Good morning! Welcome to The Morning Shift, your roundup of the auto news you crave, all in one place every weekday morning. Here are the important stories you need to know.
1st Gear: Nissan’s Inspections Scandal Keeps Getting Bigger
Yesterday, we learned that Nissan was shutting down production in Japan for a couple weeks while it tried to get to the bottom of an inspections scandal that has forced them to recall 1.2 million vehicles. Nissan also said that, somehow, the inappropriate final inspections were still going on at plants in Japan as late as this week, well after the recalls.
But the scandal seems to only grow by the day, with the Japanese broadcaster NHK reporting on Friday that inappropriate inspections have been going on at Nissan for at least 20 years.
An internal investigation at Nissan had shown that for at least 20 years the automaker had not been following proper procedures for final inspections required by Japan’s transport ministry of all vehicles sold in the country, NHK reported, without citing any sources.
Transport minister Keiichi Ishii on Friday said that Nissan’s inspection of its assembly plants was ongoing, adding that it remained unclear how long the final inspections had been conducted by uncertified technicians, a violation of ministry requirements.
A Nissan spokesman declined to directly confirm or deny the NHK report, and referred Reuters to CEO Hiroto Saikawa’s comments on Thursday, when he said Nissan’s training system for certifying vehicle inspection staff had not changed for 20 years.
Saikawa had added that was a separate issue from how long the misconduct had been going on. He said that it appeared that a focus on increasing the efficiency of the inspection process and poor communication at assembly plants appeared to have contributed to the issue.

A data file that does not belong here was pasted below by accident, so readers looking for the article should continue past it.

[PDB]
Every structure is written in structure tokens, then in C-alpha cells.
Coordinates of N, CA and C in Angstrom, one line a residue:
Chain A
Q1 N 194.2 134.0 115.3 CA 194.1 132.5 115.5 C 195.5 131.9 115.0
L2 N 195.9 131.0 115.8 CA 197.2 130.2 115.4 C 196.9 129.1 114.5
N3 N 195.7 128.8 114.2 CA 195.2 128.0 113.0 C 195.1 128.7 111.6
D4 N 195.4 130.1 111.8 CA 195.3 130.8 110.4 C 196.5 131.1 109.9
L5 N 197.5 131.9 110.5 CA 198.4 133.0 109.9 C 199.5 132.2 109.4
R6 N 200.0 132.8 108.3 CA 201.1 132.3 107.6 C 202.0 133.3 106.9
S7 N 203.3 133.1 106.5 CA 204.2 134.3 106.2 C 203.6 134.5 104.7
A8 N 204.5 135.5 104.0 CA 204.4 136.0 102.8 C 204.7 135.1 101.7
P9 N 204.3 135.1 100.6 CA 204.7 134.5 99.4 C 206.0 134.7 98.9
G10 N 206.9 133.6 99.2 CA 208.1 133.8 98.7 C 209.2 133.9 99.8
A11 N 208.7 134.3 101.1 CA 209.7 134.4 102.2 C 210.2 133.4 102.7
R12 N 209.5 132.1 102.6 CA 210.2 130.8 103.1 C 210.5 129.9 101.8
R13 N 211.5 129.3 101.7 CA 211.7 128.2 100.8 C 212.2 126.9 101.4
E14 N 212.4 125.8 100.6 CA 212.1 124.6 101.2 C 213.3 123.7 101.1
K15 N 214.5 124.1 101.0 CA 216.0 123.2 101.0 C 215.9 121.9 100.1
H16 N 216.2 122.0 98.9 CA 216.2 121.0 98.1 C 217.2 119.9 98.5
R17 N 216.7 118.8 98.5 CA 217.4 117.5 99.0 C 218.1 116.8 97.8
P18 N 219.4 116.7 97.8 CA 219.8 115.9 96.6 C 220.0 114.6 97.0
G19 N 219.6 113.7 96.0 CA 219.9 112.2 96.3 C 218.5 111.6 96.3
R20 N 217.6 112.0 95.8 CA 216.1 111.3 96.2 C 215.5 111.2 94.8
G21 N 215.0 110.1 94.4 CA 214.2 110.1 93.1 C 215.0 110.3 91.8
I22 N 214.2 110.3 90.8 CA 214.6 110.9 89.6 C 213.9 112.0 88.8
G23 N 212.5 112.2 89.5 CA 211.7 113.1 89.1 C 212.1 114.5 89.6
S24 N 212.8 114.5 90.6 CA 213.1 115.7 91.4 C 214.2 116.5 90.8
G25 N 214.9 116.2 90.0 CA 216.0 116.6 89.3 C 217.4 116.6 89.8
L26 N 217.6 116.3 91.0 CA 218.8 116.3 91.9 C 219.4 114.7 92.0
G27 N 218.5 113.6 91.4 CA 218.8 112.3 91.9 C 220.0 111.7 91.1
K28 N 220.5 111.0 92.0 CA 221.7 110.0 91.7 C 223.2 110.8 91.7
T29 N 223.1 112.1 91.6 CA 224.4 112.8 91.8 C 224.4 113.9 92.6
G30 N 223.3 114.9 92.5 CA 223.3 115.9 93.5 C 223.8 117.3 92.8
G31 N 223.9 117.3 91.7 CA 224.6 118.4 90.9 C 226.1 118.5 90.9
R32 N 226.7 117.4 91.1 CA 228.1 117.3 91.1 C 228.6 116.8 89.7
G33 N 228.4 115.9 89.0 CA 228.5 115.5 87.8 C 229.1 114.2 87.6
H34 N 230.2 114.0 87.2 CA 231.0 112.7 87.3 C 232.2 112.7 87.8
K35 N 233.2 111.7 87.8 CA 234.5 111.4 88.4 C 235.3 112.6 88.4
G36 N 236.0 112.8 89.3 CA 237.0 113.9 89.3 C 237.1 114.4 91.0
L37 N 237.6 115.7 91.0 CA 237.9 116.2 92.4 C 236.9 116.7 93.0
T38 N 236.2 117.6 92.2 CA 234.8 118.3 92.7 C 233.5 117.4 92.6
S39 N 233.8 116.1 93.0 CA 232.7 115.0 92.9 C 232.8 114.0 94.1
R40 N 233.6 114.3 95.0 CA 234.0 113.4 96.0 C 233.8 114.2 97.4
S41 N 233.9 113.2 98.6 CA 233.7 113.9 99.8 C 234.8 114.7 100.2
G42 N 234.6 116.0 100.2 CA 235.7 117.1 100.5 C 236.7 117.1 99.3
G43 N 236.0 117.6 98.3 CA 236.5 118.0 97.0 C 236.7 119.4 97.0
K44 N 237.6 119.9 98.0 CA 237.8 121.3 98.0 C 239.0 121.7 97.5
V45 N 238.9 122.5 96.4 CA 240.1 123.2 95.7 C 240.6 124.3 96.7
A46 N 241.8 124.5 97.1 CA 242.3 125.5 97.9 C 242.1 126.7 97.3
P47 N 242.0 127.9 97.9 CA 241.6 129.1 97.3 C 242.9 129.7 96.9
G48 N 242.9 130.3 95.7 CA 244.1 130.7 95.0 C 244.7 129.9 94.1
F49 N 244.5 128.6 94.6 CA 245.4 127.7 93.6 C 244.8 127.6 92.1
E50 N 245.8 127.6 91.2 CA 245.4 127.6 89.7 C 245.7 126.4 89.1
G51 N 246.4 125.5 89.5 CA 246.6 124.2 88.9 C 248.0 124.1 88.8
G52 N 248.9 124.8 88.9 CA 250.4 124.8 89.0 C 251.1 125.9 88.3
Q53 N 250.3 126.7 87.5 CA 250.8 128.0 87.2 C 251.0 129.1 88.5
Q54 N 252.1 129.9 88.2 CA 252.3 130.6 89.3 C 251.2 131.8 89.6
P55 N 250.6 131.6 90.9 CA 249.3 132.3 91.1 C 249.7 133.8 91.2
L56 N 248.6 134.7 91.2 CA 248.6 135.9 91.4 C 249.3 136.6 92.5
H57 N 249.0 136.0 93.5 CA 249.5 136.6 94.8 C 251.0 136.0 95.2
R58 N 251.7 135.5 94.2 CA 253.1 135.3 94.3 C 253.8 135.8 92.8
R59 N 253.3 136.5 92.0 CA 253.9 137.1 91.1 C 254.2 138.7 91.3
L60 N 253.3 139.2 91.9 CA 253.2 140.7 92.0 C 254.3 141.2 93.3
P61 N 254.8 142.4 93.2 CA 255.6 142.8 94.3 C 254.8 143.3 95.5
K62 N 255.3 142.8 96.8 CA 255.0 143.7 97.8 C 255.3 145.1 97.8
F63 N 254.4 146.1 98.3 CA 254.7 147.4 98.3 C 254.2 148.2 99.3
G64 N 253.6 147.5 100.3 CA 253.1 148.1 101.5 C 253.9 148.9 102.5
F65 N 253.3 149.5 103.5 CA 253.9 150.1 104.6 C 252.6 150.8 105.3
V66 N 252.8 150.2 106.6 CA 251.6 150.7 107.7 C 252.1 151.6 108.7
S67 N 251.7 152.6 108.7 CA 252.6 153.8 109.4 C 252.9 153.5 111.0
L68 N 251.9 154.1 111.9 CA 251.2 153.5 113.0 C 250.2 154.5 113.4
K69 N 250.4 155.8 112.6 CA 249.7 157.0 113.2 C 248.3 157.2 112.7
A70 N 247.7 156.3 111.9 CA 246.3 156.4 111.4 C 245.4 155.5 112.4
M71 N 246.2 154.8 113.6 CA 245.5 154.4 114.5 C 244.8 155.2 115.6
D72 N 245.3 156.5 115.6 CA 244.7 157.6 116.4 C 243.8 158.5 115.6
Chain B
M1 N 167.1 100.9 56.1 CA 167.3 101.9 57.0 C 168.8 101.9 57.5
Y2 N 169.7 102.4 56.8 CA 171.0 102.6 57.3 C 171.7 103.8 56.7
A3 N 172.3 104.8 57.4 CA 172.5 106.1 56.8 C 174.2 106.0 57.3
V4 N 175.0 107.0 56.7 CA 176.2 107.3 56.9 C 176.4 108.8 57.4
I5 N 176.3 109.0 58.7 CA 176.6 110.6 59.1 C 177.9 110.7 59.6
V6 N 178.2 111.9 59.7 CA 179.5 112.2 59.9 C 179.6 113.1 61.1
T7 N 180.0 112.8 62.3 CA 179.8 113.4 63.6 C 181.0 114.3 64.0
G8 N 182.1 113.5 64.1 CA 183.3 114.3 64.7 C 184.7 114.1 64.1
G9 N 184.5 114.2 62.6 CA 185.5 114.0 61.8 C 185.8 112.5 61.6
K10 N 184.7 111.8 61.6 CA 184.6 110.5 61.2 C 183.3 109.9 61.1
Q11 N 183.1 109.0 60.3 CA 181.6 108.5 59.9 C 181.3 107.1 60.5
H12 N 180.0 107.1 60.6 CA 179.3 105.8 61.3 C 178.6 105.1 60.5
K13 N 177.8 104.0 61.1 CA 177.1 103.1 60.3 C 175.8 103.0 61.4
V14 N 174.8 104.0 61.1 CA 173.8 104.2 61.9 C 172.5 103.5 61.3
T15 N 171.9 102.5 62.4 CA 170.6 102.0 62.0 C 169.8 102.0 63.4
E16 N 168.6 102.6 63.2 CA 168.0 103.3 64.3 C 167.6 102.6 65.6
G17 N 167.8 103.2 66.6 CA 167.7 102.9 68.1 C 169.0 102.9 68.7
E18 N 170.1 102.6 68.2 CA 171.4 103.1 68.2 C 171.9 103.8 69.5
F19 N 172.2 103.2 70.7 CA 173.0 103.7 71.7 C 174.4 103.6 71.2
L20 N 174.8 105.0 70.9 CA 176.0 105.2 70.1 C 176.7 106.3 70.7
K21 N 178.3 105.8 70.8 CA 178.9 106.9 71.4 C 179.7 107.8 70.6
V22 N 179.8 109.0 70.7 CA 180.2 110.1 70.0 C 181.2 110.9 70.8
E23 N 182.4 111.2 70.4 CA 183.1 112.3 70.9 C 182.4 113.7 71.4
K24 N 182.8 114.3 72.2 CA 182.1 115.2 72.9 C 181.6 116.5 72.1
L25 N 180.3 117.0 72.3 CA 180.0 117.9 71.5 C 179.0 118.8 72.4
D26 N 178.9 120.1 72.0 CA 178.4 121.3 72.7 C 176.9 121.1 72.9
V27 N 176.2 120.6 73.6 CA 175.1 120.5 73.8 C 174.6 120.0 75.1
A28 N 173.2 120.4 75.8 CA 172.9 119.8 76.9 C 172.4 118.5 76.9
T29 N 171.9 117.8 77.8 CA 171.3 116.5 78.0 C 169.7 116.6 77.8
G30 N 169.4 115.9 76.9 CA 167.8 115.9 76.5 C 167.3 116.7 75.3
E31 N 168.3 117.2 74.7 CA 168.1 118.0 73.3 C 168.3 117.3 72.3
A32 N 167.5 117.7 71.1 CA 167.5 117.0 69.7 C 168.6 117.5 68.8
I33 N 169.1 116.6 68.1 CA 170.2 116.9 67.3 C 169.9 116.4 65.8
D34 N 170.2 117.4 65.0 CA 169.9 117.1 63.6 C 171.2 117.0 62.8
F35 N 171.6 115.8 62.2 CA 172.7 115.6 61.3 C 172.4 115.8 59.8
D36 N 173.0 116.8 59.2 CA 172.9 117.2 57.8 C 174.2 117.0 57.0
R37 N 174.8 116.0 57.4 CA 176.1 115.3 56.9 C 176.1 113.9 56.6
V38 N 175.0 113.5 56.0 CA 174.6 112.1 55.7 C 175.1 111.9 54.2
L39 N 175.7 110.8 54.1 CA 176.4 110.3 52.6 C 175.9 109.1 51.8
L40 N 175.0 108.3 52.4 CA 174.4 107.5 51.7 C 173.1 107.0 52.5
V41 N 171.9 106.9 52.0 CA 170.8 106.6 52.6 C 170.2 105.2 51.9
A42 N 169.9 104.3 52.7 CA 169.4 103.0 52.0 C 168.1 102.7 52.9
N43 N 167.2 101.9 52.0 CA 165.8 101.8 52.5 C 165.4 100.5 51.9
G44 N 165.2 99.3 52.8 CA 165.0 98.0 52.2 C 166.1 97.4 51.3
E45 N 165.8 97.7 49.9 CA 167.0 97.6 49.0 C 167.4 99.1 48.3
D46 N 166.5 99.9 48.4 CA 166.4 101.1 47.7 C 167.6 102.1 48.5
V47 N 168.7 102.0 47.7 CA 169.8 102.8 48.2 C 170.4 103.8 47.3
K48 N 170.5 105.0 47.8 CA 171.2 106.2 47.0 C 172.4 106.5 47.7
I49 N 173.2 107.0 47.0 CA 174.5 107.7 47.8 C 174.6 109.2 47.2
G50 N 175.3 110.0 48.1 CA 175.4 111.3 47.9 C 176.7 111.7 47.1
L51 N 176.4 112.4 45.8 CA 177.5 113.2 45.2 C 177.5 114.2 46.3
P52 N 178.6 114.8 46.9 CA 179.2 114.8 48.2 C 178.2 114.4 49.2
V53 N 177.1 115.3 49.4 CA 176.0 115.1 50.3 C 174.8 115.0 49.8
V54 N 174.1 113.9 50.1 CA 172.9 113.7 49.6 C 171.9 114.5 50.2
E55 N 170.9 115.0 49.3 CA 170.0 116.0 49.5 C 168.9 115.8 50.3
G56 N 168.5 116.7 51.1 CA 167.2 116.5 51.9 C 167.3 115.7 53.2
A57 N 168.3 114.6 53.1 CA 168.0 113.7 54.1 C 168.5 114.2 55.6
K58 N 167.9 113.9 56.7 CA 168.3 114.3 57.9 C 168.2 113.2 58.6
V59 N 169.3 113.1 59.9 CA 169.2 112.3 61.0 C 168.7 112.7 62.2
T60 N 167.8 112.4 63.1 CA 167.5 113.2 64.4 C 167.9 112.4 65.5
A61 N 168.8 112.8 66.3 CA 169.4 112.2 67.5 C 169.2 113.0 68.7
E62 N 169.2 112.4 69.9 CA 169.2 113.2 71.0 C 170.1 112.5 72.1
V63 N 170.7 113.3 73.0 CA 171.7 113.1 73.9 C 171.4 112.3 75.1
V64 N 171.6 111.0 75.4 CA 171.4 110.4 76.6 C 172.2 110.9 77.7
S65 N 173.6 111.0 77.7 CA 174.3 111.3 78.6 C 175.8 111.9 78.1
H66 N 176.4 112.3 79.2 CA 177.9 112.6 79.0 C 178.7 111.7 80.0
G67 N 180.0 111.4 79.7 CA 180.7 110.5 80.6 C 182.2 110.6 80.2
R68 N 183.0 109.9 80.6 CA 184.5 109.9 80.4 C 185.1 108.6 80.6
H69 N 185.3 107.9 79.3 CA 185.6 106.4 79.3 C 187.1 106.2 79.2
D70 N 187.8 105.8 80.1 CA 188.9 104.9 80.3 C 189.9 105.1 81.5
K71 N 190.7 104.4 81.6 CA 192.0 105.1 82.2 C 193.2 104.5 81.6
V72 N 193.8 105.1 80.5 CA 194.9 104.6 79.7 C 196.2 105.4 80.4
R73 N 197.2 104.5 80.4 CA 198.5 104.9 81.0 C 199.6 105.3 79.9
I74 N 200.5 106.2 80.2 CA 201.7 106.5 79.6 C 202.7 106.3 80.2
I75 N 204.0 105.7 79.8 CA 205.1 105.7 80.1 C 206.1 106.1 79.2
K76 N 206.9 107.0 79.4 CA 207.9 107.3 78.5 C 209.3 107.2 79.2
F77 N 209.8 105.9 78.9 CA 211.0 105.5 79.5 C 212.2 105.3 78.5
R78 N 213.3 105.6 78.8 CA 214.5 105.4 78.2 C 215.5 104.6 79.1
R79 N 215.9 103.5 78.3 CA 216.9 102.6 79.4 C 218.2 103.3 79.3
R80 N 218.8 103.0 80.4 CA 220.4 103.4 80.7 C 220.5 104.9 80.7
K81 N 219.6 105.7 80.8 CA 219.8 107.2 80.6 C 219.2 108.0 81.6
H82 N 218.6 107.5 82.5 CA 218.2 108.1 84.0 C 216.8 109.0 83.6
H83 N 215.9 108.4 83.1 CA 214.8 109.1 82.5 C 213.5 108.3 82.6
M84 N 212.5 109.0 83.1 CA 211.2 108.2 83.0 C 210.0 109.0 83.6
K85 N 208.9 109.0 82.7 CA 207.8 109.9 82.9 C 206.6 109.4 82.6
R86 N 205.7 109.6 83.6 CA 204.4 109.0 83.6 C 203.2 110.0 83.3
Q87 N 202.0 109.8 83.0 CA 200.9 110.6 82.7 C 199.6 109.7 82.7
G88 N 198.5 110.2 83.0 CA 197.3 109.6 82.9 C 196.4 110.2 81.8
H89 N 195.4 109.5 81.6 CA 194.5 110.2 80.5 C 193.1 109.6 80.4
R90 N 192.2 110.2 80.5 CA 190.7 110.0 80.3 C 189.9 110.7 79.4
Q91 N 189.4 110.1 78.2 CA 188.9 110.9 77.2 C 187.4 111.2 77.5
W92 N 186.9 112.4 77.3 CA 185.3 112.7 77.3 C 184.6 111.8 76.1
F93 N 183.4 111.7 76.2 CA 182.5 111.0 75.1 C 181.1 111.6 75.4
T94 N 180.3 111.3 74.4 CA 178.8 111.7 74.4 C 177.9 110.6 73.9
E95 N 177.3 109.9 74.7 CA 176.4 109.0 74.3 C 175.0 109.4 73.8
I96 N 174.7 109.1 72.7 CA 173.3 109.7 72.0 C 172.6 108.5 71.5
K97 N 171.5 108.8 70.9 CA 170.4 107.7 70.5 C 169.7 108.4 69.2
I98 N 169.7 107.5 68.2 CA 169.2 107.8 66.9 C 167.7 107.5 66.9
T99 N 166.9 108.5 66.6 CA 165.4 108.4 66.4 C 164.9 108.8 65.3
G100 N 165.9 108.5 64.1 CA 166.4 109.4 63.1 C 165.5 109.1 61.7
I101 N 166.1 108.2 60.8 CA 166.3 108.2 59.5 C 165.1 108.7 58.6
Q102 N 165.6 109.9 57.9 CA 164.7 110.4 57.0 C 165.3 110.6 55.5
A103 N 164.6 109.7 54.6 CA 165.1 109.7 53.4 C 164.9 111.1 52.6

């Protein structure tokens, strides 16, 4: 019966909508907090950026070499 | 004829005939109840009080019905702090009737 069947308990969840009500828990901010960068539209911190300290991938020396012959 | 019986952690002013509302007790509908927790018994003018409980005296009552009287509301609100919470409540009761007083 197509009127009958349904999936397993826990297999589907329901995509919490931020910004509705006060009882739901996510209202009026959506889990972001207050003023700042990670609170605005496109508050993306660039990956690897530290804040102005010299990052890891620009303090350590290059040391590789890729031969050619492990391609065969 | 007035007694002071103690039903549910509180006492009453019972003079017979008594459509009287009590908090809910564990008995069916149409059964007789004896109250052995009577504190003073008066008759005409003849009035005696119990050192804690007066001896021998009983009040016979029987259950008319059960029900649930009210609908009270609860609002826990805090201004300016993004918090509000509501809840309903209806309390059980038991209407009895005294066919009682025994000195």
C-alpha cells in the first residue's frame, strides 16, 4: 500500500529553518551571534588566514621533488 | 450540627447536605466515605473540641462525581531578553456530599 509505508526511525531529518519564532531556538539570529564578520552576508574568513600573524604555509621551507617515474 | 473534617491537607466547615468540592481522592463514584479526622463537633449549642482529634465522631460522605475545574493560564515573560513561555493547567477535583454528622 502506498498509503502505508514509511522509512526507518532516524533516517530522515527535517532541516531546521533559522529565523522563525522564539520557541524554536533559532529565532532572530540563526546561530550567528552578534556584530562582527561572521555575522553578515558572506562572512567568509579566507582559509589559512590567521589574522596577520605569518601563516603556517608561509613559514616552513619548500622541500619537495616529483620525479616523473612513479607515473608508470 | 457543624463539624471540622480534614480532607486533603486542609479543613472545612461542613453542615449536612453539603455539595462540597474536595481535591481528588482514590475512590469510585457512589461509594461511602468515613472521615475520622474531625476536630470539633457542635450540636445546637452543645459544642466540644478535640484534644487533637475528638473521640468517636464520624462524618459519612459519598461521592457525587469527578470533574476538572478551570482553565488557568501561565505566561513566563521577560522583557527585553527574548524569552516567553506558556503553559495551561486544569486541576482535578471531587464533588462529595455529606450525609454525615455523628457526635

Twenty years of inappropriate inspections! That is incredibly reassuring. Again, none of these cars reportedly were exported to other markets like ours, so North American vehicles aren’t affected. But it’s growing into a big mess in the home country.
2nd Gear: GM Will Pay $125 Million In Ignition Switch Settlement
More than 100 people died and hundreds more were injured as a result of bad ignition switches in GM-made cars like the Saturn Ion and the Chevy Cobalt, prompting a scandal and the recall of 2.7 million vehicles in 2014. It also prompted a lot of lawsuits and claims from dozens of states, the latter of which GM and 49 states settled on Thursday, with the automaker agreeing to pay another $125 million to settle some claims. The settlement was announced in a joint statement by state attorneys general.
From the Detroit Free Press:
The settlement announced Thursday comes after the U.S. Supreme Court ruled earlier this year that GM could no longer avoid hundreds of lawsuits from victims of the defective ignition switches in accidents occurring before GM filed for Chapter 11 bankruptcy in 2009.
Michigan will receive almost $4.3 million as part of the settlement reached between the attorneys general of 49 states, the District of Columbia and GM in a case set in Ingham County Circuit Court, according to the Office of Michigan Attorney General Bill Schuette. The money will go into the state’s general fund, and the settlement does not include what the company has paid to individual consumers.
“There is no denying having cars on the road with faulty ignition switches was dangerous,” Schuette said in a release. “Today’s settlement shows General Motors is taking responsibility and committed to moving forward and creating quality cars Michigan residents can trust.”